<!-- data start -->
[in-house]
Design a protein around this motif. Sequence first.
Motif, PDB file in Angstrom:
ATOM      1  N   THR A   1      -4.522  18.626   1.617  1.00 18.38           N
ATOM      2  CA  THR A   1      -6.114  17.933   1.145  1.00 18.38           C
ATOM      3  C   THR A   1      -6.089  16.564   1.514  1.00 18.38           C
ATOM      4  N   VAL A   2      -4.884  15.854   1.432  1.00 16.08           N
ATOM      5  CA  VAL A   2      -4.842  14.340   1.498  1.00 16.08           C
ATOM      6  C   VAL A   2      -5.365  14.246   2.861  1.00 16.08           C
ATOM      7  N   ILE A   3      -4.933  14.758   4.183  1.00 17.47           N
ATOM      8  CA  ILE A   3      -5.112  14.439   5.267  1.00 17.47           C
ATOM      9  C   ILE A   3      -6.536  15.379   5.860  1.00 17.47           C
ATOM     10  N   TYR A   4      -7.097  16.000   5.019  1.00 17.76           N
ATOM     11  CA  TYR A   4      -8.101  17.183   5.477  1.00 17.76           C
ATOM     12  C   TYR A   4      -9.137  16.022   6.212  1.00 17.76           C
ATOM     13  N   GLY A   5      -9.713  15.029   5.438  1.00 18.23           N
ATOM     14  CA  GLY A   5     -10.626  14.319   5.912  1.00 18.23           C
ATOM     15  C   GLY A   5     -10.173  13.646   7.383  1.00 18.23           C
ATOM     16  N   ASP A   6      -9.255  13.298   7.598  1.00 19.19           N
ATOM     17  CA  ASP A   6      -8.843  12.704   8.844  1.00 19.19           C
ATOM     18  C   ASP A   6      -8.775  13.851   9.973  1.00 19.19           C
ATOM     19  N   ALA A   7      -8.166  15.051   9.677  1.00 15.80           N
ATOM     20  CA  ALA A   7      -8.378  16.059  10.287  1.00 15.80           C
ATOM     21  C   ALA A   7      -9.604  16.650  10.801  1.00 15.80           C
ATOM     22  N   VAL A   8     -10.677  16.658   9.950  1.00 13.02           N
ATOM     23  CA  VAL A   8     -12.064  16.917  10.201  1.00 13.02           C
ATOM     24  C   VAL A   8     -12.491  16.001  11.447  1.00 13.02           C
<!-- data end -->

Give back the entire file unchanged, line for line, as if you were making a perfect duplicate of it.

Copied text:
[in-house]
Design a protein around this motif. Sequence first.
Motif, PDB file in Angstrom:
ATOM      1  N   THR A   1      -4.522  18.626   1.617  1.00 18.38           N
ATOM      2  CA  THR A   1      -6.114  17.933   1.145  1.00 18.38           C
ATOM      3  C   THR A   1      -6.089  16.564   1.514  1.00 18.38           C
ATOM      4  N   VAL A   2      -4.884  15.854   1.432  1.00 16.08           N
ATOM      5  CA  VAL A   2      -4.842  14.340   1.498  1.00 16.08           C
ATOM      6  C   VAL A   2      -5.365  14.246   2.861  1.00 16.08           C
ATOM      7  N   ILE A   3      -4.933  14.758   4.183  1.00 17.47           N
ATOM      8  CA  ILE A   3      -5.112  14.439   5.267  1.00 17.47           C
ATOM      9  C   ILE A   3      -6.536  15.379   5.860  1.00 17.47           C
ATOM     10  N   TYR A   4      -7.097  16.000   5.019  1.00 17.76           N
ATOM     11  CA  TYR A   4      -8.101  17.183   5.477  1.00 17.76           C
ATOM     12  C   TYR A   4      -9.137  16.022   6.212  1.00 17.76           C
ATOM     13  N   GLY A   5      -9.713  15.029   5.438  1.00 18.23           N
ATOM     14  CA  GLY A   5     -10.626  14.319   5.912  1.00 18.23           C
ATOM     15  C   GLY A   5     -10.173  13.646   7.383  1.00 18.23           C
ATOM     16  N   ASP A   6      -9.255  13.298   7.598  1.00 19.19           N
ATOM     17  CA  ASP A   6      -8.843  12.704   8.844  1.00 19.19           C
ATOM     18  C   ASP A   6      -8.775  13.851   9.973  1.00 19.19           C
ATOM     19  N   ALA A   7      -8.166  15.051   9.677  1.00 15.80           N
ATOM     20  CA  ALA A   7      -8.378  16.059  10.287  1.00 15.80           C
ATOM     21  C   ALA A   7      -9.604  16.650  10.801  1.00 15.80           C
ATOM     22  N   VAL A   8     -10.677  16.658   9.950  1.00 13.02           N
ATOM     23  CA  VAL A   8     -12.064  16.917  10.201  1.00 13.02           C
ATOM     24  C   VAL A   8     -12.491  16.001  11.447  1.00 13.02           C